8 Ways to Save Energy While Working from Home

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Think lists of how to save energy is so 2010? Well, with more and more people working from home, we think it’s time to dust off a few trusty tricks for curbing electricity consumption without curbing productivity. Working from home has been shown to have its environmental benefits, from reducing road congestion to cutting down on office building energy consumption — but there’s a lot you can do to make it even more green and reduce your energy bill. Here are eight easy places to start.


1. Open The Curtains
There’s no need for wasting energy on desk lamps or overhead lights if you’re getting enough natural light. Choose the brightest room in the apartment or house in which to work, and keep the curtains open to let the light pour in. It can brighten both the room and possibly your productivity since natural light is known to boost one’s mood.

2. Unplug
Productivity is highest when you’re not distracted, and that goes for blinking lights, ringing phones, and blaring television sets. When working from home, unplug everything you’re not using right then for work, including printers, gadget chargers, extra computers or monitors and so on. You’ll cut down on vampire energy wasted on wall warts, energy sapped by electronics on standby, or electricity sucked up by electronics you aren’t really focused on.

3. Work From Cafes
Another way to save money on electricity and avoid getting cabin fever is to go work from a cafe or other location. Spending $5 on coffee and a bagel can get you a good two, maybe even three hours of plugging in from a pleasant location where you can take a mental break by people watching for five minutes every so often. You might not save a lot of money in the long run, but you’ll get food, drinks and atmosphere instead of just an electricity bill.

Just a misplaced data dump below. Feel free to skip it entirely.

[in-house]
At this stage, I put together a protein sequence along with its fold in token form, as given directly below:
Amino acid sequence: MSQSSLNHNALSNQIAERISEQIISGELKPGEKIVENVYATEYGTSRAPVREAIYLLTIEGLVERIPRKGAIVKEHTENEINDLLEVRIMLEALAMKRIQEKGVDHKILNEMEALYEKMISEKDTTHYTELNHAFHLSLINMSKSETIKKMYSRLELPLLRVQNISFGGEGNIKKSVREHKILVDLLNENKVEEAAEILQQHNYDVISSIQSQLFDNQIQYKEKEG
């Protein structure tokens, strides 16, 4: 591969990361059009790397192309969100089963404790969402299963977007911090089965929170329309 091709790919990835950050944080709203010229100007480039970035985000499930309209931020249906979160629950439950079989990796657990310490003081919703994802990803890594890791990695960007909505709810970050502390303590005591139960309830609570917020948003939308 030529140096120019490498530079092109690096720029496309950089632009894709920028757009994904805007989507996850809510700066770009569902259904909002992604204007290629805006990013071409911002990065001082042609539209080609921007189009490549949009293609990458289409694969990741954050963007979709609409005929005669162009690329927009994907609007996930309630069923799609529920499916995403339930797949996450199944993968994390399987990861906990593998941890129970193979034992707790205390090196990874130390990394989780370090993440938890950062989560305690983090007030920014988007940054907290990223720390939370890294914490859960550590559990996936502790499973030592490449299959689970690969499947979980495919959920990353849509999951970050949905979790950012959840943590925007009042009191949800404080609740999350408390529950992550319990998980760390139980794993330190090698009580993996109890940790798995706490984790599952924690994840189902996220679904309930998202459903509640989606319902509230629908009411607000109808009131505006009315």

4. Work Smarter Hours, Not Longer Hours
Perhaps the most direct way to save electricity while working from home is to cut down on the number of hours you’re on the computer. By honing your work day and cutting down on time spent wasted on social media sites or surfing the web because you’re procrastinating, you can potentially free yourself from the computer earlier in the day. If you’re able to get your work completed in six hours instead of eight, you can hop off the computer and head outside, saving the amount of energy you would have gobbled up in that last hour or two.

5. Plug Into Smart Devices
Okay, say you don’t want to unplug everything you’re not using, and you’re not likely to cut back your working hours. The next best solution is to use a device to manage the flow of electricity to electronics,  and cut the supply when not needed. Trickle Star, for example, has products that regulate energy going to particular devices so that you can use your computer but cut standby power going to your printer. You can use this for your work equipment as well as devices elsewhere in your home. You can also try out a power monitor to find out which devices are costing you the most and figure out usage patterns that can help you save.

6. Use Energy Efficient Equipment
Are you using monitors that suck up electricity like nobody’s business? Or maybe you’re using a browser on your laptop that’s known to suck up the electricity? You might want to make a trade-in on your gear or software. If you’re looking for new equipment with lower energy consumption, check out buy-back companies that sell used and refurbished equipment. It’s both cheaper and greener.

7. Set Up Your Computer for Energy Savings
Your computer has a ton of built-in settings for saving energy. By checking your settings and making a few tweaks you can save just a bit more on your electricity bill. If you set things up right, you might even be able to unplug your laptop forever!

8. Minimize Your Gadgets
Without sacrificing ergonomics, you can minimize how many electronics you’re using, from extra monitors to wireless keyboards. Think about what you absolutely need for your set-up, and give away or store those electronic devices you don’t really need to have plugged in. Gadget minimalists can save a ton of electricity without trying hard.

About LTruex
Leslie Truex is an ideaphoric writer, speaker, entrepreneur, social worker and mom trying to do it all from the comfort of her home. Since 1998, she's been helping others create careers they love by providing work-at-home information and resources through Work-At-Home Success.

Note: Work-At-Home Success contains advertising as well as screened work-at-home jobs and resources. Some posts may contain affiliate links, which means I may receive compensation if you register or buy using the link. Occasionally, WAHS publishes "Supporting Contributor" posts or paid reviews for which compensation is paid. These posts are marked as such. All opinions are my own. Click here for full details and disclosures.

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